Gerson moved to Canada in 1972, and worked for CIBC in the communications department, for which she now receives a “very very small pension.” She told me that if Starlight carries through its plans to raise rents, she won’t be able to afford to stay. At 93, Gerson says she is too poor to move to an old age home. Her entire support network is at 130 Gowan.
Over the past decades Toronto has emerged as a kind of crucible in the pioneering of building and tenant management techniques used by powerful corporate landlords like Starlight, often in partnership with public sector pension funds. The city has also become ground zero for innovative tenant organizing and resistance against rent increases, evictions, and other means of displacing poor and working class residents.
The financialization of real estate is what happens when asset management companies, Real Estate Investment Trusts (REITs), private equity firms and other financial enterprises buy up rental properties.
“It’s a semi-liquid market for entire buildings that can be constantly monitored and assessed for their risk profile and their potential for redevelopment and gentrification,” said CUPE’s Skerrett.
And it’s a market that has grown quickly over the past 25 years. Financialized ownership made up zero percent of Canada’s apartment rental stock in 1996. Today it’s more than twenty percent.
Some of the most extreme examples are in the Northwest Territories, Nunavut and Newfoundland, where REITs alone own 80 percent, 74 percent and 52 percent of all apartment units respectively.
For its part, Starlight owns more than 61,000 units across Canada. It doubled its Canadian holdings when it acquired Northview REIT in 2020.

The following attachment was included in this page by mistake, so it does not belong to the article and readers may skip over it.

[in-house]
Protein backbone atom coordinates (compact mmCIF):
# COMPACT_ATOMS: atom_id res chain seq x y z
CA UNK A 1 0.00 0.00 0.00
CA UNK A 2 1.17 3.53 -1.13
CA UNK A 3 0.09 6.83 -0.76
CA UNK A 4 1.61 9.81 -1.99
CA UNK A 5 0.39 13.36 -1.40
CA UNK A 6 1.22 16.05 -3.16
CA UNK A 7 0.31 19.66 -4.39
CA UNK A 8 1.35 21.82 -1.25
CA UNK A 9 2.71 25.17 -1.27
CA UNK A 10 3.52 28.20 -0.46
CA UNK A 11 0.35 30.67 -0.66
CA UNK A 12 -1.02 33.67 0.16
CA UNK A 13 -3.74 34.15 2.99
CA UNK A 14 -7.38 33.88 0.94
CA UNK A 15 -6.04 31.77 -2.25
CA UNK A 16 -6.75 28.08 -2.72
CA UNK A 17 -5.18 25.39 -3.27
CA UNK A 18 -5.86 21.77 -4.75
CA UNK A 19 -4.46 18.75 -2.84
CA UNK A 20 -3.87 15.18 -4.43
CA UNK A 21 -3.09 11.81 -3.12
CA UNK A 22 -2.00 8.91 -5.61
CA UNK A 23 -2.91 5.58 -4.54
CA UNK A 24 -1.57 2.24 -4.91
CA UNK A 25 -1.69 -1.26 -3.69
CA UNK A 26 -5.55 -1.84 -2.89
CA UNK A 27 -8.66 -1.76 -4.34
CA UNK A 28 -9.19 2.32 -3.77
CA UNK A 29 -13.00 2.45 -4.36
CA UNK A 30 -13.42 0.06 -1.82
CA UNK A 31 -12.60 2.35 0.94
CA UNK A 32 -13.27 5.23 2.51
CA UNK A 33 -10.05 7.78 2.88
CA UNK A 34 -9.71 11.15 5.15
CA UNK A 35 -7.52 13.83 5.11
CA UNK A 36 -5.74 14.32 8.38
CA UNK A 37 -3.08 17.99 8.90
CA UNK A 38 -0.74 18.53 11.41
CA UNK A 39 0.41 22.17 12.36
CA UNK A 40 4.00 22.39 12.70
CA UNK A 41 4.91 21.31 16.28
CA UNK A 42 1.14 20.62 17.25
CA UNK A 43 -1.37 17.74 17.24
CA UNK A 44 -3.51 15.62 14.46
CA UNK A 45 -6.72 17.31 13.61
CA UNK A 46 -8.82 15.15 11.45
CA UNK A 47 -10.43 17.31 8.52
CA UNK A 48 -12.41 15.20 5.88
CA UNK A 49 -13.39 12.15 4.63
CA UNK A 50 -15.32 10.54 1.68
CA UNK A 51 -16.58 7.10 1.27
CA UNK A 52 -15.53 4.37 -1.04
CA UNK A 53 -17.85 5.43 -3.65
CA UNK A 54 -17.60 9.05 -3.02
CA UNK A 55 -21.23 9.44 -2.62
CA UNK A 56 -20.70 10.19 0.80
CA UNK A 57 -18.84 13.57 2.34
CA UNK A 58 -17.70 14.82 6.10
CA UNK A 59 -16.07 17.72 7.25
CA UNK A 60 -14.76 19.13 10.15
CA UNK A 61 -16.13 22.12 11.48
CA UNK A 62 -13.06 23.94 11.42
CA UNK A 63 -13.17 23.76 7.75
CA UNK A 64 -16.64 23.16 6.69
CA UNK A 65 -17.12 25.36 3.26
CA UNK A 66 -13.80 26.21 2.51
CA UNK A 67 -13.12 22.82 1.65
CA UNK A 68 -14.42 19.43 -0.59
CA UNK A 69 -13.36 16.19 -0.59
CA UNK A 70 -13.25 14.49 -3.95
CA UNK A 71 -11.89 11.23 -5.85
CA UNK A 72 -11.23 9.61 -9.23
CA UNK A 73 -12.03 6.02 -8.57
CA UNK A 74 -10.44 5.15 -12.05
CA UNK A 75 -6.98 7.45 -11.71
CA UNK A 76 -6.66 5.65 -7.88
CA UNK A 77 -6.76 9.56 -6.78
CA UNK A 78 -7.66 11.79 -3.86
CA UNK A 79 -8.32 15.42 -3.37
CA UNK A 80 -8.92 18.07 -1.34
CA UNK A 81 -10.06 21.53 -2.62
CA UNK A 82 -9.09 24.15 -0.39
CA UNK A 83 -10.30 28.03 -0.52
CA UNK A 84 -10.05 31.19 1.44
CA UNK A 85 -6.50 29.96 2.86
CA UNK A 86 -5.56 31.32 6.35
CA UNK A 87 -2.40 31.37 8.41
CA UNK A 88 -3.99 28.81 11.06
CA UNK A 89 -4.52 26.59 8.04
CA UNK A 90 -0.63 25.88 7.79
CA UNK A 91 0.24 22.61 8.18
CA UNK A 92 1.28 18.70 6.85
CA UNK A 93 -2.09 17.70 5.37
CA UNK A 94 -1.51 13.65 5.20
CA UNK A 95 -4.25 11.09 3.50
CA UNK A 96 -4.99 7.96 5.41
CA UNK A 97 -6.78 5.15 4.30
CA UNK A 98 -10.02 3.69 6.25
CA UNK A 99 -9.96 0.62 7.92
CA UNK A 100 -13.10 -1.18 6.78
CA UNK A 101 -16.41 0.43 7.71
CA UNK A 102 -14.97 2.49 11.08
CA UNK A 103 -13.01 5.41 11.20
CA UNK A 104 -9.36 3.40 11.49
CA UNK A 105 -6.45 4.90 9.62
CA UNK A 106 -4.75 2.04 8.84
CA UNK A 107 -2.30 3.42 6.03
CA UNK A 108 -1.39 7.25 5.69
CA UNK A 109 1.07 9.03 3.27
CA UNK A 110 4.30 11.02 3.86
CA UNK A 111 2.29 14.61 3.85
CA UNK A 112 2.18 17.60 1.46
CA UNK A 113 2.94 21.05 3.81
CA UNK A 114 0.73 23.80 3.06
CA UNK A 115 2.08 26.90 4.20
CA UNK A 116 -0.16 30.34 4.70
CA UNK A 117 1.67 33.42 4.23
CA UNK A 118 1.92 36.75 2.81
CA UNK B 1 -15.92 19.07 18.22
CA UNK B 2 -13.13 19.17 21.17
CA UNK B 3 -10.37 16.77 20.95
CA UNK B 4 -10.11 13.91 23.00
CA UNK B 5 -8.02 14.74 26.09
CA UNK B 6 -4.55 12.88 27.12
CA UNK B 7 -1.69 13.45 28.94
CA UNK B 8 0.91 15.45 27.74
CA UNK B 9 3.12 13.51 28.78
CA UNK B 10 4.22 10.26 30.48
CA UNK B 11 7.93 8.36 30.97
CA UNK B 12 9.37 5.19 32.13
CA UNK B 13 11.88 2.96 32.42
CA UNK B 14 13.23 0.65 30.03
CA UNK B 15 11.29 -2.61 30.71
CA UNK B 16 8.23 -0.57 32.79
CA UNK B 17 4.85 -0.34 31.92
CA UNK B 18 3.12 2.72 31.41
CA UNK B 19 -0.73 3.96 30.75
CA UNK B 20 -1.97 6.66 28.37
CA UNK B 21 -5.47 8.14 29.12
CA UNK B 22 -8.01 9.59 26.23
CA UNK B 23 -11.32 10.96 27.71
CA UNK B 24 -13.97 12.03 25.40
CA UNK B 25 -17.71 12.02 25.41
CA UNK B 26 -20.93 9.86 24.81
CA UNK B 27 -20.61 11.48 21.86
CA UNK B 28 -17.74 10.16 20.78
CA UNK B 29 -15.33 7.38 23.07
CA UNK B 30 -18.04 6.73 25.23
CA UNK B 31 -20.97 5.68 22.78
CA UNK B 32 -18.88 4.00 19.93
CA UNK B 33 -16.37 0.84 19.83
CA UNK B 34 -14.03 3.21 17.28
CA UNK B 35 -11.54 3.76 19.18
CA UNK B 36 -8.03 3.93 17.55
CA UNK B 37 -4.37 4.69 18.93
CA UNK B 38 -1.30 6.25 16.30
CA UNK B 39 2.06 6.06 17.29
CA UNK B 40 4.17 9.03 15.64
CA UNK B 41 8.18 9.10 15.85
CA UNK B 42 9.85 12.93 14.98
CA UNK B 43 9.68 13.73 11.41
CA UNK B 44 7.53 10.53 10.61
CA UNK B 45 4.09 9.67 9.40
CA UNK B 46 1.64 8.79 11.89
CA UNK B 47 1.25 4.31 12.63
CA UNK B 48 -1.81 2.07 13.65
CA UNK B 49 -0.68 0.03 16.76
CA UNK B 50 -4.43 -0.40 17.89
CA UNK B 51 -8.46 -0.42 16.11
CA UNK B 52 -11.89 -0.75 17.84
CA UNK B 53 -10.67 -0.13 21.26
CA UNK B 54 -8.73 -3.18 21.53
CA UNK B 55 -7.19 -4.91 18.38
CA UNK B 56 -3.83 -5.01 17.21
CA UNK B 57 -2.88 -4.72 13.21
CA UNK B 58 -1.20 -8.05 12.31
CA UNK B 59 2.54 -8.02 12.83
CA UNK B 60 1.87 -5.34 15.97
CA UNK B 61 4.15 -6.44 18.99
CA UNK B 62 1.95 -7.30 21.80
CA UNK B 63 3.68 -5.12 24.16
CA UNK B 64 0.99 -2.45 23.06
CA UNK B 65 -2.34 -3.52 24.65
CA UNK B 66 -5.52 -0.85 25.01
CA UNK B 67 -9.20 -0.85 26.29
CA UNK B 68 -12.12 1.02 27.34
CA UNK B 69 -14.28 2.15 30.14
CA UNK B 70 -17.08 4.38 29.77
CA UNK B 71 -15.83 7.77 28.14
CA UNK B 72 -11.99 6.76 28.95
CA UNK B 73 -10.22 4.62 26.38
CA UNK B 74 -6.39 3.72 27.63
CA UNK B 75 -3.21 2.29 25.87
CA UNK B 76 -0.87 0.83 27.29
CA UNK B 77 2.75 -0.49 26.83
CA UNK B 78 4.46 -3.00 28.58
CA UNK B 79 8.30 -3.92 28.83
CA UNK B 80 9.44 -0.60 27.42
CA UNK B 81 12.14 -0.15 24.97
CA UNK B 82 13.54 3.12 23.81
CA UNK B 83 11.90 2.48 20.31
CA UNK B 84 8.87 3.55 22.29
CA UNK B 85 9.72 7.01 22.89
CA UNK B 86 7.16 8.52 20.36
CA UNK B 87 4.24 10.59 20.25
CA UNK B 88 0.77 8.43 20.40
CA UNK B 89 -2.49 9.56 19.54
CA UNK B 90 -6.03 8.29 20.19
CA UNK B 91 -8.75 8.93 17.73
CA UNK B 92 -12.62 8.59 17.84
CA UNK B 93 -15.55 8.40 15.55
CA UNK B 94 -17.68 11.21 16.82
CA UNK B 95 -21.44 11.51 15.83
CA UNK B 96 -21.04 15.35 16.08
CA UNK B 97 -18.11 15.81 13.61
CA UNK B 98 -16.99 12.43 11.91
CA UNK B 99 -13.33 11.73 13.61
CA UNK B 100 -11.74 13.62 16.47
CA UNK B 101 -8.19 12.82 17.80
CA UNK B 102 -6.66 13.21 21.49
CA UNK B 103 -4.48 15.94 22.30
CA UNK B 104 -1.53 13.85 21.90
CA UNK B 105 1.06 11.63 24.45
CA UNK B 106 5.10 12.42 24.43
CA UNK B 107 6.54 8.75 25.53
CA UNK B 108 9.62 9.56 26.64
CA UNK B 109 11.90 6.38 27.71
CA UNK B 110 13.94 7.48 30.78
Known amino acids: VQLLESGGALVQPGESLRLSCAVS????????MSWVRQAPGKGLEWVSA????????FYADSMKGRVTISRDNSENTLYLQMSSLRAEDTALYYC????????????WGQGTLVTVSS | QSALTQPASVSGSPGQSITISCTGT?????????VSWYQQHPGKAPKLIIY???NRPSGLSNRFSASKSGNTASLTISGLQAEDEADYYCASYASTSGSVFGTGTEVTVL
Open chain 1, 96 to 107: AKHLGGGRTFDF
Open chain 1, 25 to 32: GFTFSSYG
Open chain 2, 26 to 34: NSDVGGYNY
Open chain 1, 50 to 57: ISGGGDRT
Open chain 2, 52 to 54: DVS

The business model of companies like Starlight consists of buying poorly maintained buildings occupied by low-income renters in neighborhoods that are close to more upscale locations. They then do cosmetic upgrades to buildings and increase rents, waiting for lower income tenants to leave or be evicted. Eventually, the original tenants are replaced by higher income renters. In the industry, this is called “repositioning.“
High tenant turnover is desirable for financialized owners, since the constant churn of tenants allows landlords to push rents up faster. In Ontario, weak rent control laws only protect renters during their tenancy, and no longer apply once they move out.
A policy called “vacancy decontrol,” introduced by the Mike Harris government in 1996, removed limits on how high landlords can raise rents between tenants. Rents in Toronto rose more than 23 percent in the first three years following its implementation.
Today, it’s common for landlords to justify above guideline rent increases by carrying out renovations that make life hard for tenants. Pearl Silverberg, who I met at Gowan Avenue, told me the balconies are now difficult to sweep because of the paint surface that has been applied to them. She says the balcony railings had been replaced fairly recently before Starlight replaced them again, and the reflectors Starlight installed with the stated intention of increasing heating efficiency were leaving many tenants cold in their apartments.
Her complaints echo what I heard from Gina Gray, who explained that since Starlight added a kind of reflective foil panel to her heater, her apartment has been unpleasantly cold.
“It’s very common for landlords to ignore repairs and maintenance for sitting tenants—for people who are still paying the low rent—while renovating and upgrading the building when others move out,” said Dr. Martine August, assistant professor at the University of Waterloo’s School of Planning. “Neglect of buildings and of particular suites stresses tenants out, it makes their lives miserable and they want to leave.”